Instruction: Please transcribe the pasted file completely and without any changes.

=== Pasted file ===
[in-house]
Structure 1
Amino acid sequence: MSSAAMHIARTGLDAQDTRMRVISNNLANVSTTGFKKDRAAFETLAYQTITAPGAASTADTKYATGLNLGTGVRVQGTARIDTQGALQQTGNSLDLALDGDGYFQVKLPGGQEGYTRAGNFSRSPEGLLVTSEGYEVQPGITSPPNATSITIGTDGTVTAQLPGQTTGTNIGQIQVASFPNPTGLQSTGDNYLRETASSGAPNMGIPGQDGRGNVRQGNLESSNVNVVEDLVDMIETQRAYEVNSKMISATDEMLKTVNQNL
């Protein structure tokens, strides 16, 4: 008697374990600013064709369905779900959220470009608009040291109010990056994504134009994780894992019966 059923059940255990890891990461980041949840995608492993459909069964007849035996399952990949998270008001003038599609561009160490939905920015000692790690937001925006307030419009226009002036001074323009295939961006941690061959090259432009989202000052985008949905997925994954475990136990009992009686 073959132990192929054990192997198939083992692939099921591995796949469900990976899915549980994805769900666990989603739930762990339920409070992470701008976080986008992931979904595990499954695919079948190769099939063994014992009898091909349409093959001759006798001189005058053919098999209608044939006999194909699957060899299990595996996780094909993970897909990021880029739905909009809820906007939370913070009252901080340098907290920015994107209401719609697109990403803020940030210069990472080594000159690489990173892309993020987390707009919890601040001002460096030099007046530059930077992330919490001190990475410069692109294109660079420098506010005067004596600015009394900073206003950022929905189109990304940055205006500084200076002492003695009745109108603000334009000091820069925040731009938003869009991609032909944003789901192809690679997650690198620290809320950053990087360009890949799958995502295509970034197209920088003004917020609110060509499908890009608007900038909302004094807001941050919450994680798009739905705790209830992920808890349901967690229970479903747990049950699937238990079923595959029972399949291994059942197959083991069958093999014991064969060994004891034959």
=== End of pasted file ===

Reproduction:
[in-house]
Structure 1
Amino acid sequence: MSSAAMHIARTGLDAQDTRMRVISNNLANVSTTGFKKDRAAFETLAYQTITAPGAASTADTKYATGLNLGTGVRVQGTARIDTQGALQQTGNSLDLALDGDGYFQVKLPGGQEGYTRAGNFSRSPEGLLVTSEGYEVQPGITSPPNATSITIGTDGTVTAQLPGQTTGTNIGQIQVASFPNPTGLQSTGDNYLRETASSGAPNMGIPGQDGRGNVRQGNLESSNVNVVEDLVDMIETQRAYEVNSKMISATDEMLKTVNQNL
């Protein structure tokens, strides 16, 4: 008697374990600013064709369905779900959220470009608009040291109010990056994504134009994780894992019966 059923059940255990890891990461980041949840995608492993459909069964007849035996399952990949998270008001003038599609561009160490939905920015000692790690937001925006307030419009226009002036001074323009295939961006941690061959090259432009989202000052985008949905997925994954475990136990009992009686 073959132990192929054990192997198939083992692939099921591995796949469900990976899915549980994805769900666990989603739930762990339920409070992470701008976080986008992931979904595990499954695919079948190769099939063994014992009898091909349409093959001759006798001189005058053919098999209608044939006999194909699957060899299990595996996780094909993970897909990021880029739905909009809820906007939370913070009252901080340098907290920015994107209401719609697109990403803020940030210069990472080594000159690489990173892309993020987390707009919890601040001002460096030099007046530059930077992330919490001190990475410069692109294109660079420098506010005067004596600015009394900073206003950022929905189109990304940055205006500084200076002492003695009745109108603000334009000091820069925040731009938003869009991609032909944003789901192809690679997650690198620290809320950053990087360009890949799958995502295509970034197209920088003004917020609110060509499908890009608007900038909302004094807001941050919450994680798009739905705790209830992920808890349901967690229970479903747990049950699937238990079923595959029972399949291994059942197959083991069958093999014991064969060994004891034959």